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Psychology 1000 Quiz: Brief Psychodynamic Therapies
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Department
Psychology
Course Code
Psychology 1000
Professor
Corey Isaacs

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Brief Psychodynamic Therapies
Classical psychoanalysis is an expensive and time consuming process
There is no evidence that long-term classical analysis yields better therapeutic
outcomes than briefer forms of psychodynamic therapy
Brief psychodynamic psychotherapies emphasize understanding the maladaptive
influences of the past and relating them to current patterns of self-defeating behaviours.
Many of these therapies utilize basic concepts from psychoanalysis, but they employ
them in a more focused and active fashion
Therapist and client usually speak face to face, and this communication replaces free
association
Clients are seen less frequently and the goal is to help the client deal with specific life
problems rather than attempting to rebuild their personality
This therapy would focus on the client’s current life situation and teach them skills to
cope rather than analyzing childhood
One example of brief psychodynamic therapy is interpersonal therapy focuses on
the client’s current interpersonal problems, which include dealing with role disputes,
adjusting to the loss of a relationship or to a changed relationship, and
identifying/correcting deficits in social skills.
Interpersonal therapy has been proven to be one of the more effective therapies for
depression
Humanistic Psychotherapies:
Humanistic theorists view humans as capable of consciously controlling their actions
and taking responsibility for their choices and behaviour
They also believed that people possess inner resources for self-healing and personal
growth, and disordered behaviour reflects a blockage of this natural resource.
This blocking is brought about by distorted perceptions, lack of awareness about
feelings, or a negative self-image.
Therapist’s goal is to create an environment in which clients can engage in self-personal
growth and to remove the barriers that block their natural tendencies towards personal
growth
Focuses primarily on the present and future instead of the fast
Client-Centered Therapy:
The best-known and most widely used form of humanistic therapy, which was
developed by Carl Rogers
Roger’s research/experience as a therapist identified 3 important and interrelated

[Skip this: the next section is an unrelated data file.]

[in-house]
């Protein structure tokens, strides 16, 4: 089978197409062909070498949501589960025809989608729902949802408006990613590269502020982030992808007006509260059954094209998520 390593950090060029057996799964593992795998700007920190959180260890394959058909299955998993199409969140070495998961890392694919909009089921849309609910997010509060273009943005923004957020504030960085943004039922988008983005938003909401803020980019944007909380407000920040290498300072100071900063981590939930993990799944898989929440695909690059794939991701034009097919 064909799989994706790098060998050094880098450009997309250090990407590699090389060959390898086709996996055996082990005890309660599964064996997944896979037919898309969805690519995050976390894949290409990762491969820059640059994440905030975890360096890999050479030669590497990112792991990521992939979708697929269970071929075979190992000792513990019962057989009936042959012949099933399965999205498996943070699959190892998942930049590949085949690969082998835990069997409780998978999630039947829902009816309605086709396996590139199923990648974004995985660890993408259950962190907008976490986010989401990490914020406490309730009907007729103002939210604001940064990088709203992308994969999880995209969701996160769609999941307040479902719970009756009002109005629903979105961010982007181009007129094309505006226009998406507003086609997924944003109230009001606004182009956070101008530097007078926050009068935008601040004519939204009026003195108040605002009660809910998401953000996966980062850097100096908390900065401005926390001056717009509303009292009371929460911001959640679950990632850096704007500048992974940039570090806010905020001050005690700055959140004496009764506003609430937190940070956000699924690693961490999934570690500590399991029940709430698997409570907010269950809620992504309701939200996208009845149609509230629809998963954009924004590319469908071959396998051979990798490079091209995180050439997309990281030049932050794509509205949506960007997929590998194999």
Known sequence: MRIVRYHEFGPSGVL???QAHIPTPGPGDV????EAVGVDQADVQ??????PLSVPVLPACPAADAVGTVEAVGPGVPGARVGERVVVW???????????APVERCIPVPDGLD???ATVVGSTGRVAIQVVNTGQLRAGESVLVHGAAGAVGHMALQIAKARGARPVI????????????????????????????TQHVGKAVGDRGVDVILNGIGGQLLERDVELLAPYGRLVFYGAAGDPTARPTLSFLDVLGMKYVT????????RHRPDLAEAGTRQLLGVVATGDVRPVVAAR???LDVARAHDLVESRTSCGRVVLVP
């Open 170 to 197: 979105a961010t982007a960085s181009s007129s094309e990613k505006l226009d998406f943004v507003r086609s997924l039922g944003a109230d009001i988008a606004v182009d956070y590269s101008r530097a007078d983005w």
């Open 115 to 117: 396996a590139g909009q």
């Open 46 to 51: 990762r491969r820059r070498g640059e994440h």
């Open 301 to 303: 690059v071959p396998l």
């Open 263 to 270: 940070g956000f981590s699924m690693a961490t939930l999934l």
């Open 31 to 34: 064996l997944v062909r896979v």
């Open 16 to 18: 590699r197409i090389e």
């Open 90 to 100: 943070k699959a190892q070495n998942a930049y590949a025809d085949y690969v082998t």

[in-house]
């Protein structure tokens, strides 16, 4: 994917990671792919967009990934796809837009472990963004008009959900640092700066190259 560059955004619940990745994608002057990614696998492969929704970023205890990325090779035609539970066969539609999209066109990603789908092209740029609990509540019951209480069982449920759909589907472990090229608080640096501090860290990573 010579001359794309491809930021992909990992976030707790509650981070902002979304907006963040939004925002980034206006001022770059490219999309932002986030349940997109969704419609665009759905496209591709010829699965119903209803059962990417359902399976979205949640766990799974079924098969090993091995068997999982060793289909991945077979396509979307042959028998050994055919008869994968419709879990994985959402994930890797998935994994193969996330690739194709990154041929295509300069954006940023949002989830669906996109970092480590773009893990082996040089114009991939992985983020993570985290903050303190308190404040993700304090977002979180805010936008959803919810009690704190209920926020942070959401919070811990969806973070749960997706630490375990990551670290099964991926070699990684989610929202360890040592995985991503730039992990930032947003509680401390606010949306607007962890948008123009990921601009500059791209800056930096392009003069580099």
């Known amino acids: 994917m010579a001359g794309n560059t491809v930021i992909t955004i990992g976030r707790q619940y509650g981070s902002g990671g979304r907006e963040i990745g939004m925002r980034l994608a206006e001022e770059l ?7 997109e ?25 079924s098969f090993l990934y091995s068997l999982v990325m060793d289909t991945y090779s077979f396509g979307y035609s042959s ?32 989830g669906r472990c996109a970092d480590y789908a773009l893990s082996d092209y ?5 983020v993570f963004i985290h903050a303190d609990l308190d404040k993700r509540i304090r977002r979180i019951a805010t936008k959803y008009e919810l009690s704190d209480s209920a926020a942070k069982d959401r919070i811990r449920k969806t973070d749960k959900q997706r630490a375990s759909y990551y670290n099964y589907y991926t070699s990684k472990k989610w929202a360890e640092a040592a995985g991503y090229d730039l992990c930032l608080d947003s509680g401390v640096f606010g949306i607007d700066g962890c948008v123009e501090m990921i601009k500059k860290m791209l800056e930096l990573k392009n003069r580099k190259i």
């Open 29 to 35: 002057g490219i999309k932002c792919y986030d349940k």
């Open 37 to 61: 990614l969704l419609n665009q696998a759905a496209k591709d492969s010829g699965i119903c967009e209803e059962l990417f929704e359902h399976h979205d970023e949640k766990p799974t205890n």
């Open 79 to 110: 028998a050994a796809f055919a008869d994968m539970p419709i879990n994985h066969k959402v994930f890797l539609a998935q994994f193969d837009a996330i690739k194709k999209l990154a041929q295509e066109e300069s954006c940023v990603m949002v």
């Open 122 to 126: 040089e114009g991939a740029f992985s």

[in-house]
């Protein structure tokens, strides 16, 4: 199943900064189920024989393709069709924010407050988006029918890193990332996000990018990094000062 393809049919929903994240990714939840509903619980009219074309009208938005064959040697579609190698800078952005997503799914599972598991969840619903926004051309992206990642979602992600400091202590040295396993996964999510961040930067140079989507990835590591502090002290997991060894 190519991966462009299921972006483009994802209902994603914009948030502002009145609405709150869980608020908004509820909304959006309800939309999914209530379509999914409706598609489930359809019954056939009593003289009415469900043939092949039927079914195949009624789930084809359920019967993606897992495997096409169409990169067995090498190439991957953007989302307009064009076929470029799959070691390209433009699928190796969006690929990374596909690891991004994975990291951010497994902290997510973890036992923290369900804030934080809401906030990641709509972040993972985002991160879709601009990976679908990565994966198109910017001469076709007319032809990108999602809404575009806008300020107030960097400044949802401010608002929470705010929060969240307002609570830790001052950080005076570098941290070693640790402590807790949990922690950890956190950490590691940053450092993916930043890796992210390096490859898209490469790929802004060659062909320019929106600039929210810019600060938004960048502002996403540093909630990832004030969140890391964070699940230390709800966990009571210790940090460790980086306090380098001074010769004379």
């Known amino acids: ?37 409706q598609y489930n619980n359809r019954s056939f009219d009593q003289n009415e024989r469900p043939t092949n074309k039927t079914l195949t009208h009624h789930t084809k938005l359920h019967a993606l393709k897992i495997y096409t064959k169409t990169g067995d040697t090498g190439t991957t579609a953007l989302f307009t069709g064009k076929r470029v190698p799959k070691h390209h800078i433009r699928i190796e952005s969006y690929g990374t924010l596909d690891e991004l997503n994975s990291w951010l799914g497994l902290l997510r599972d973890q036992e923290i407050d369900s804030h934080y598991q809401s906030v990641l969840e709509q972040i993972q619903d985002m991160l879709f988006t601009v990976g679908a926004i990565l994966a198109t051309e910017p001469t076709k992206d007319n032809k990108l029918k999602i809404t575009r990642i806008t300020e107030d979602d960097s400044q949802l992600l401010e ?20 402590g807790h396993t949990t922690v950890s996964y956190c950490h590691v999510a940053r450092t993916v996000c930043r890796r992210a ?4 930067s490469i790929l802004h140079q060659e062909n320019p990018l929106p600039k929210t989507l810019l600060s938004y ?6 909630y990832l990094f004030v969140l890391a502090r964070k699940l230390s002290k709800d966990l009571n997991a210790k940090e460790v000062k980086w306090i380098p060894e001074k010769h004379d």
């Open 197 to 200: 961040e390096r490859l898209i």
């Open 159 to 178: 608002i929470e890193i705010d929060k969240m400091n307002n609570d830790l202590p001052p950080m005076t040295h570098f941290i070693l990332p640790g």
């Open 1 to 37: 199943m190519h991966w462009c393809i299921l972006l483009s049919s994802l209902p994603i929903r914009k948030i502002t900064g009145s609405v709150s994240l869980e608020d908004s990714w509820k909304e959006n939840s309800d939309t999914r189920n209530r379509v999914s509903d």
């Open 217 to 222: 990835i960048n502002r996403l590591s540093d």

therapist attributes:
1. Unconditional positive regard communicated when therapists show clients that
they genuinely care about and accepts them, without judgment or evaluation. The
therapist also communicates trust in regards to the client’s ability to recover.
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Description
Brief Psychodynamic Therapies Classical psychoanalysis is an expensive and time consuming process There is no evidence that long-term classical analysis yields better therapeutic outcomes than briefer forms of psychodynamic therapy Brief psychodynamic psychotherapies emphasize understanding the maladaptive influences of the past and relating them to current patterns of self-defeating behaviours. Many of these therapies utilize basic concepts from psychoanalysis, but they employ them in a more focused and active fashion Therapist and client usually speak face to face, and this communication replaces free association Clients are seen less frequently and the goal is to help the client deal with specific life problems rather than attempting to rebuild their personality This therapy would focus on the clients current life situation and teach them skills to cope rather than analyzing childhood One example of brief psychodynamic therapy is interpersonal therapy focuses on the clients current interpersonal problems, which include dealing with role disputes, adjusting to the loss of a relationship or to a changed relationship, and identifying/correcting deficits in social skills. Interpersonal therapy has been proven to be one of the more effective therapies for depression Humanistic Psychotherapies: Humanistic theorists view humans as capable of consciously controlling their actions and taking responsibility for their choices and behaviour They also believed that people possess inner resources for self-healing and personal growth, and disordered behaviour reflects a blockage of this natural resource. This blocking is brought about by distorted perceptions, lack of awareness about feelings, or a negative self-image. Therapists goal is to create an environment in which clients can engage in self-personal growth and to remove the barriers that block their natural tendencies towards personal growth Focuses primarily on the present and future instead of the fast Client-Centered Therapy: The best-known and most widely used form of humanistic therapy, which was developed by Carl Rogers Rogers research/experience as a therapist identified 3 important and interrelated therapist attributes: 1. Unconditional positive regard communicated when therapists show clients that they genuinely care about and accepts them, without judgment or evaluation. The therapist also communicates trust in regards to the clients ability to recover. 2. Empathy willingness/ability to view the world through the clients eyes. 3. Genuineness must be consistency between the way the therapist feels and they way he/she behaves. Rogers believed that when a therapist can express these 3 attributes, they create a situation in which the client feels accepted, understood, and free to explore attitudes/feelings without fear of being judged. Rogers believed that, as clients experience a constructive therapeutic relationship, they exhibit increased self-acceptance, greater self-awareness, enhanced self-reliance, increased comfort with other relationships, and improved life functioning. Gestalt Therapy: Gestalt refers to perceptual principles through which people actively organize stimulus elements into meaningful whole patterns We concentrate on only part of our whole experience the figure while largely ignoring the background against which the figure appears. For people with psychologi